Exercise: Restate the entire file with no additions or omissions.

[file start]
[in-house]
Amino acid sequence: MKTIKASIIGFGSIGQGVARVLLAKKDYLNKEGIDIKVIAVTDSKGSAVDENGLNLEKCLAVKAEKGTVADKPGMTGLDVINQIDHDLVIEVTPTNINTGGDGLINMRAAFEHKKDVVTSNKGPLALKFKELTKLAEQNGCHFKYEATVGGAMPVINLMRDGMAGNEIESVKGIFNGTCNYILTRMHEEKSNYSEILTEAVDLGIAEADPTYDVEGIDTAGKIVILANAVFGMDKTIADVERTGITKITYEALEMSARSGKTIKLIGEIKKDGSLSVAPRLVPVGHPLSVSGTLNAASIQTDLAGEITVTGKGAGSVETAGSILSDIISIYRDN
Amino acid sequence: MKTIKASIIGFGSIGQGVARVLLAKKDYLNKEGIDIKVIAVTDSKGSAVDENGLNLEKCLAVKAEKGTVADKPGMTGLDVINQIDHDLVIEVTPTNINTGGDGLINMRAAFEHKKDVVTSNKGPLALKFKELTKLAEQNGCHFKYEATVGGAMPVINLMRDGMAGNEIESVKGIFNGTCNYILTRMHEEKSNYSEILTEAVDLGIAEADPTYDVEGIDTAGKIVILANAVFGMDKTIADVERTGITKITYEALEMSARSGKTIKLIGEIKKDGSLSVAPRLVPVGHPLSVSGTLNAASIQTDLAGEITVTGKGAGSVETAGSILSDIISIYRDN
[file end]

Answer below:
[in-house]
Amino acid sequence: MKTIKASIIGFGSIGQGVARVLLAKKDYLNKEGIDIKVIAVTDSKGSAVDENGLNLEKCLAVKAEKGTVADKPGMTGLDVINQIDHDLVIEVTPTNINTGGDGLINMRAAFEHKKDVVTSNKGPLALKFKELTKLAEQNGCHFKYEATVGGAMPVINLMRDGMAGNEIESVKGIFNGTCNYILTRMHEEKSNYSEILTEAVDLGIAEADPTYDVEGIDTAGKIVILANAVFGMDKTIADVERTGITKITYEALEMSARSGKTIKLIGEIKKDGSLSVAPRLVPVGHPLSVSGTLNAASIQTDLAGEITVTGKGAGSVETAGSILSDIISIYRDN
Amino acid sequence: MKTIKASIIGFGSIGQGVARVLLAKKDYLNKEGIDIKVIAVTDSKGSAVDENGLNLEKCLAVKAEKGTVADKPGMTGLDVINQIDHDLVIEVTPTNINTGGDGLINMRAAFEHKKDVVTSNKGPLALKFKELTKLAEQNGCHFKYEATVGGAMPVINLMRDGMAGNEIESVKGIFNGTCNYILTRMHEEKSNYSEILTEAVDLGIAEADPTYDVEGIDTAGKIVILANAVFGMDKTIADVERTGITKITYEALEMSARSGKTIKLIGEIKKDGSLSVAPRLVPVGHPLSVSGTLNAASIQTDLAGEITVTGKGAGSVETAGSILSDIISIYRDN